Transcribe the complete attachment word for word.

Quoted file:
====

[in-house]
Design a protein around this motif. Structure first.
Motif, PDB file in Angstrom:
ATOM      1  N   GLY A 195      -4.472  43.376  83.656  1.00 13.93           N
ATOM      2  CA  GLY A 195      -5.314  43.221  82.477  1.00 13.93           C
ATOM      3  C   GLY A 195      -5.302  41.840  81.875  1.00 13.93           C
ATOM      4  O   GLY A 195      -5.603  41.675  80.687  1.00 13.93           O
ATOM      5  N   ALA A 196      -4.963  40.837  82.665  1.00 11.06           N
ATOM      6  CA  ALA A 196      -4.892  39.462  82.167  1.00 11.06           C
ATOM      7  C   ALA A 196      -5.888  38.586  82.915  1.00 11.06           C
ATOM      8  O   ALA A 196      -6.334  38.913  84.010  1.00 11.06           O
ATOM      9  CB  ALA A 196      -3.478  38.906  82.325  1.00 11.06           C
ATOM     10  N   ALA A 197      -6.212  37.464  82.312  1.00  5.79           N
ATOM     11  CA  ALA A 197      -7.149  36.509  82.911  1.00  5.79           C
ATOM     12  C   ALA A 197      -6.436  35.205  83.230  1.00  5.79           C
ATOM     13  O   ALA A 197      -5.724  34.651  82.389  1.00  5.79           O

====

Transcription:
[in-house]
Design a protein around this motif. Structure first.
Motif, PDB file in Angstrom:
ATOM      1  N   GLY A 195      -4.472  43.376  83.656  1.00 13.93           N
ATOM      2  CA  GLY A 195      -5.314  43.221  82.477  1.00 13.93           C
ATOM      3  C   GLY A 195      -5.302  41.840  81.875  1.00 13.93           C
ATOM      4  O   GLY A 195      -5.603  41.675  80.687  1.00 13.93           O
ATOM      5  N   ALA A 196      -4.963  40.837  82.665  1.00 11.06           N
ATOM      6  CA  ALA A 196      -4.892  39.462  82.167  1.00 11.06           C
ATOM      7  C   ALA A 196      -5.888  38.586  82.915  1.00 11.06           C
ATOM      8  O   ALA A 196      -6.334  38.913  84.010  1.00 11.06           O
ATOM      9  CB  ALA A 196      -3.478  38.906  82.325  1.00 11.06           C
ATOM     10  N   ALA A 197      -6.212  37.464  82.312  1.00  5.79           N
ATOM     11  CA  ALA A 197      -7.149  36.509  82.911  1.00  5.79           C
ATOM     12  C   ALA A 197      -6.436  35.205  83.230  1.00  5.79           C
ATOM     13  O   ALA A 197      -5.724  34.651  82.389  1.00  5.79           O